Ice sheets play a critical role in sea level changes, but modern observational data for sea level and ice sheet mass balance exist for, at most, only the last century. Because of the abbreviated record, projections of future sea levels from Earth’s remaining ice sheets are uncertain.
The geologic record serves as a valuable archive of ice sheet and sea level change in response to past climate variability. Therefore, the geologic record, also known as the paleorecord, is an important resource for assessing the relationship between ice sheets, sea level, and climate change and plays an important role in projecting future sea level rise.
To discuss how to link the paleorecord with contemporary data, the fourth meeting of the Paleo Constraints on Sea Level Rise 2 (PALSEA2) working group convened on Mount Hood, Ore., in September 2016. Discussion at the workshop focused on merging the paleorecord with modern-day instrumental records, quantifying uncertainties in sea level records, constraining past ice sheet sources and rates of meltwater input to the ocean, and coupling between instrumental and theoretical sea level reconstructions.
Coastal marshes are important archives of sea level change because they can be used to reconstruct past sea levels in locations all over the world. Discussion at the PALSEA2 workshop emphasized the importance of determining the uncertainties in marsh-based relative sea level (RSL) records and standardizing how these uncertainties are reported. In particular, the meeting highlighted Bayesian statistics as a powerful tool for quantifying temporal and vertical uncertainties in sea level records from marsh deposits.
Reconstructions of past thickness and extent of ice sheets are useful for deriving sources of meltwater and understanding ice sheet stability. Several presentations at the PALSEA2 workshop focused on model- and data-based ice sheet reconstructions of Greenland, the Laurentide Ice Sheet, and Antarctica, emphasizing the implications of these reconstructions for meltwater budgets during the last deglaciation. Additionally, modern instrumental data from the Greenland and Antarctic ice sheets were discussed in an attempt to bridge modern understanding of ice sheet dynamics with the paleorecord and constrain missing meltwater sources identified in the modeling community. Field data and models still do not fully agree on these meltwater budgets, and the community agreed to prioritize this issue moving forward.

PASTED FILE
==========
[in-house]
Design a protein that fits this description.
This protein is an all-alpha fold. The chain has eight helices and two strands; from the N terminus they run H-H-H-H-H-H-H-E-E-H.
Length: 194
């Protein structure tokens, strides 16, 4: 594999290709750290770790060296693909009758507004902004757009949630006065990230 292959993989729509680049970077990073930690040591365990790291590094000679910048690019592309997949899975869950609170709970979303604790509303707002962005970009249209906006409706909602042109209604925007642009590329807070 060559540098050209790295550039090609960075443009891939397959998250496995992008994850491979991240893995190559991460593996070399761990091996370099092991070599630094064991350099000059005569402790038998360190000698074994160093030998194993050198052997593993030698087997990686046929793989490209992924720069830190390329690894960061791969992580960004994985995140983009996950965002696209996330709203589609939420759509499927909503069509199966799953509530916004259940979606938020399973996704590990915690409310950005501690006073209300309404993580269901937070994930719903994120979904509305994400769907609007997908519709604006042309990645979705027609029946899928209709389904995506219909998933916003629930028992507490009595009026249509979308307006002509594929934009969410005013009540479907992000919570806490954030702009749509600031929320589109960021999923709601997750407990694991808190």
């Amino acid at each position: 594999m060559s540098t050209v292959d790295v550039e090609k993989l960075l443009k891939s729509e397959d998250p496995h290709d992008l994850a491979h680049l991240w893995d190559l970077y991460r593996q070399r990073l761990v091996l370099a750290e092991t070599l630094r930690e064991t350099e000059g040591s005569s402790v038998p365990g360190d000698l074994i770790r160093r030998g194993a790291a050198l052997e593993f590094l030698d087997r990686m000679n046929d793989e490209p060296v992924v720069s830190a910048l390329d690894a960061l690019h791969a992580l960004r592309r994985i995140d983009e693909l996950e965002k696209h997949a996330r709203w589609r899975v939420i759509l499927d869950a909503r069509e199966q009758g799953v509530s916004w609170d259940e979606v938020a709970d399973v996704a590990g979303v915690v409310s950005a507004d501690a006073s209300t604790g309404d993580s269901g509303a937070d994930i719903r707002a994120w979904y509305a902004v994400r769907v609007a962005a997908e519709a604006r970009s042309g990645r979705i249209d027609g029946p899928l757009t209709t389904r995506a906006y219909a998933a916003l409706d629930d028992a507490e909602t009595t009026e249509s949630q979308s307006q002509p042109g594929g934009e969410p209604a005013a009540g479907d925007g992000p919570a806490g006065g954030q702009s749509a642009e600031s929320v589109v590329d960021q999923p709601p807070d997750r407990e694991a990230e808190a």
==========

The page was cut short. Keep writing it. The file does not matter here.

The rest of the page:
Meeting participants discussed directions for future work that involve improving the quantification of uncertainties in marsh and coral records, developing new proxies that can be used to build records of past sea levels, improving glacial isostatic adjustment (GIA) models, and developing new RSL records in regions with sparse data coverage. Additionally, participants discussed plans for the development of an accessible database to report RSL data in a standardized format. Such a database would facilitate collaborations between the field scientists who develop RSL records and the GIA modelers and statisticians who help to interpret them. The combination of these different approaches would allow the sea level community to better quantify and reduce uncertainties in sea level records and projections.
Further information about the meeting, a list of participants, and presentation abstracts can be found on the meeting’s website.
We thank the organizers of the PALSEA2 workshop, namely, Anders Carlson, Andrea Dutton, and Glenn Milne, as well as the funding organizations: the Department of Geological Sciences at the University of Florida, the International Union for Quaternary Science, and the Past Global Changes (PAGES) project.
—Elena Steponaitis (email: firstname.lastname@example.org), Department of Earth and Environmental Sciences, Tulane University, New Orleans, La.; Anastasia G. Yanchilina, Weizmann Institute of Science, Rehovot, Israel; and Heather D. Bervid, College of Earth, Ocean, and Atmospheric Sciences, Oregon State University, Corvallis
Steponaitis, E., A. G. Yanchilina, and H. D. Bervid (2017), Reconstructing past sea level change to understand the future, Eos, 98, https://doi.org/10.1029/2017EO072403. Published on 04 May 2017.
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